John Sears On His 28 Years Of Being A Sommelier

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10/02/2023 One of the first Sommeliers to be certified in Saint Louis by the early 1990s, John is one of the oldest, most experienced, and internationally peer-recognized Sommeliers in the world.

Your current place of work 

Sears Wines & Spirits Catalogue

Tell us about yourself

One of the first Sommeliers to be certified in Saint Louis by the early 1990s, John is one of the oldest, most experienced, and internationally peer-recognized Sommeliers in the world with a very diversified background in the field of food & beverage. On the west coast, he worked closely with a number of fine wine establishments including the now-defunct Atwater’s in Portland, Oregon, a Wine Spectator Grand Award-winning restaurant. In Saint Louis, John has worked as a Chef in the old L’Auberge Bretonne French establishment and he also served as a personal Chef in the private sector. He has created and managed some of the most sophisticated and extensive Wine Programs in Saint Louis. He was the Wine Steward at Fedoras Restaurant formerly in Union Station. He was also Maitre’d and Sommelier at Chez Louis in Clayton at The Seven Gables Inn (a small luxury Hotel and a member of Relais & Chateau at the time) during its heyday. Additionally, he served as the Sommelier at The Saint Louis Club (working with former White House (Reagan/Bush) Master French Chef Pierre Chambrin) which held a Platinum rating (only the top 3% of all Private Clubs in the U.S. have this rating) for 10 years. During his tenure there, his initial wine list composition won first place at the 1997 National Club Manager Association of America convention in Orlando, Florida being the only Sommelier in the 70-year history of the club to garner this award. John was certified as a Sommelier in 1996 by the Court of Master Sommeliers.

John Sears

Image: John Sears

Why did you want to become a sommelier?

I was always interested in wine and was fortunate enough to be introduced and mentored by Doug Frost, M.S./M.W of Kansas City who was a big inspiration.

What do I look for in a new brand before taking it to my restaurant?

Firstly, it must fit into the program of the specific restaurant theme. Also, it needs to possess quality and value with a certain amount of tradition.

What sources do you follow to stay on top of industry trends and new launches worldwide?

The Drinks Business, The Spirits Business, Wine Business 

Questions you would ask a customer who doesn't know anything about wine?

What types of wine do you normally consume?

What are some of the most important skills for a sommelier?

Teamwork, responsibility, attitude, commitment, and knowledge.

John Sears

Image: John Sears with Michel Roux, Jr.

How I would train my new staff member in their first 7 days of them joining.

As I normally work with veteran employees, I would not be as concerned initially with service as I would be with them being familiar with the establishment’s relevant beverage lists and product knowledge.

What methods do you use to grow wine sales? Please explain with examples.

There are a few different methods but I have discovered that the most effective strategy to provide optimum sales and make the other methods relevant is to have a program that allows the initial wine order to get to the client as quickly as possible. The faster the wine arrives, the faster they require more. My most successful sales program: Linkedin

What methods do you use to grow profits?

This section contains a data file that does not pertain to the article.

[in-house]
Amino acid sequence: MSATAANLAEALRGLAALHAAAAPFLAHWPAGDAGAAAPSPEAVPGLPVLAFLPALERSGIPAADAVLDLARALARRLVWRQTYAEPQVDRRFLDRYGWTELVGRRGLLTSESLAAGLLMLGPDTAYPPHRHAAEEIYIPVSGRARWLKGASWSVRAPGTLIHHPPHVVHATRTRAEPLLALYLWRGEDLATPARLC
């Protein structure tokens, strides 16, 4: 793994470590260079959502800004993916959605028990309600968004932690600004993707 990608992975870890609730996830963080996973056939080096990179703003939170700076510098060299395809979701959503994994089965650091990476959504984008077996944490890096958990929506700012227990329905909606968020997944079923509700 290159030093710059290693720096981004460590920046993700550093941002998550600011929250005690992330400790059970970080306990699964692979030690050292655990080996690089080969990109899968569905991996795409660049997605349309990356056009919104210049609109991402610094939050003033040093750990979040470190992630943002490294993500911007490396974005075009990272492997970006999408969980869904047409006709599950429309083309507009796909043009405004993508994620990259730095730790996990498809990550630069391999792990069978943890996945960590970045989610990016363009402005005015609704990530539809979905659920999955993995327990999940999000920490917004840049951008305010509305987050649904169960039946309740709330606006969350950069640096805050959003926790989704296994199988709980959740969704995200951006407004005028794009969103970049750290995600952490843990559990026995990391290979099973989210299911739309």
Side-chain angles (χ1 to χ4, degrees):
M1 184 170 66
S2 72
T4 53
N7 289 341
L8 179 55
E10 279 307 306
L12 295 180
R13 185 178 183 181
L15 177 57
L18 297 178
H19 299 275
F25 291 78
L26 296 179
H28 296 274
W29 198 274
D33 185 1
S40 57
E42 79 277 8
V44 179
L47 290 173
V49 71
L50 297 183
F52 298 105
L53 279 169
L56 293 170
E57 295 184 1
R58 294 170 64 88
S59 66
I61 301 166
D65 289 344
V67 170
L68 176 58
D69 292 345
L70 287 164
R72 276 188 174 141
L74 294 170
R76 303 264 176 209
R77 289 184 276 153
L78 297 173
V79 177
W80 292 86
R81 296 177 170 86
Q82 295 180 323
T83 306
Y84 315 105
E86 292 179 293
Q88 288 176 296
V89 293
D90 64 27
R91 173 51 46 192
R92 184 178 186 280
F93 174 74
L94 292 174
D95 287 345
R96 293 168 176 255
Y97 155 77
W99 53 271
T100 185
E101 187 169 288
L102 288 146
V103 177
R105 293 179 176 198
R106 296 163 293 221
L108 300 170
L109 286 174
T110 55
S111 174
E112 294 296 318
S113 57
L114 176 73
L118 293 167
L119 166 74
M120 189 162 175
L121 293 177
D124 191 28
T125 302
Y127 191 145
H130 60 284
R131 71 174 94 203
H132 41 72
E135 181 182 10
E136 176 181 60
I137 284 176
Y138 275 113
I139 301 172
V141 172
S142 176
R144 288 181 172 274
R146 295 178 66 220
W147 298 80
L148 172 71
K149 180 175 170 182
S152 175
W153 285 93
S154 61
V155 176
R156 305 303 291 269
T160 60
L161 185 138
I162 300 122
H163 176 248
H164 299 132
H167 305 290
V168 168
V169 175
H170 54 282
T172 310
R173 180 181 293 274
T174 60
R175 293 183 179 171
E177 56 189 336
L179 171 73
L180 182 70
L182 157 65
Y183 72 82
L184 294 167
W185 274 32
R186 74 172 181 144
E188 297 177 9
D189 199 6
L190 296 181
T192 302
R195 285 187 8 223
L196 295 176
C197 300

By increasing sales. Also, be very aware of valuable distributor wine close-out purchases.

How do you self-learn and improve your skills?

By keeping up with current information and by past and ongoing experience.

What's the best part of your job?

Interacting with clientele.

How do you elevate the guest experience? Please give 4-5 examples and insights here.

By professional, attentive, and accommodating service. Every client is important so you should make them feel important. Do all of the little things that set your service apart from the typical.

Your favourite TV show right now?

Gordon Ramsay Uncharted 

An unforgettable wine experience for you - tell us the whole story!

Fun true story (of course, way back in the day): I was the Sommelier at Chez Louis, Seven Gables Inn in the early 1990s in Saint Louis, which, at that time, was on the Historical Register and a Relais and Chateau property created by Morton Meyer, Danny’s father with a phenomenal world-class wine inventory depth and, initially, with a world-class Sommelier he had sourced from France. Anyway, The Scorpions (No One Like You) were in town and were in my fine dining area; very discerning wine aficionados cherry-picked and drank up most of my best and oldest vintage first-growth Bordeaux bottlings, Classic!! One of my most memorable services!

John Sears

Image: John Sears

What is the biggest faux pas that customers tend to make when ordering and drinking wine?

More like an attitude, people get in a rut and order the same wine over and over instead of exploring the many great options available.

Any favourite food and wine pairing suggestions for drinks enthusiasts?

A classic dry White Bordeaux with a Fricassee of Nantucket Scallops, Lobster, and Shrimp in a Vegetable Jus.


Your favourite book?

War and Wine

What's your personal career goal? And how are you investing or planning to get there?

I’m pretty old so retirement is at the top of my list. Wine and Spirits investments are always recession-proof.

Give us one good story that you remember of a customer and you.

I worked at Cafe Napoli in Saint Louis for a few years which several sports personalities and athletes would frequent. One evening, I was serving Dusty Baker and his party and he told me about his personal vineyard that he owned; sold him 4 Magnums of Jordan Cabernet Sauvignon.

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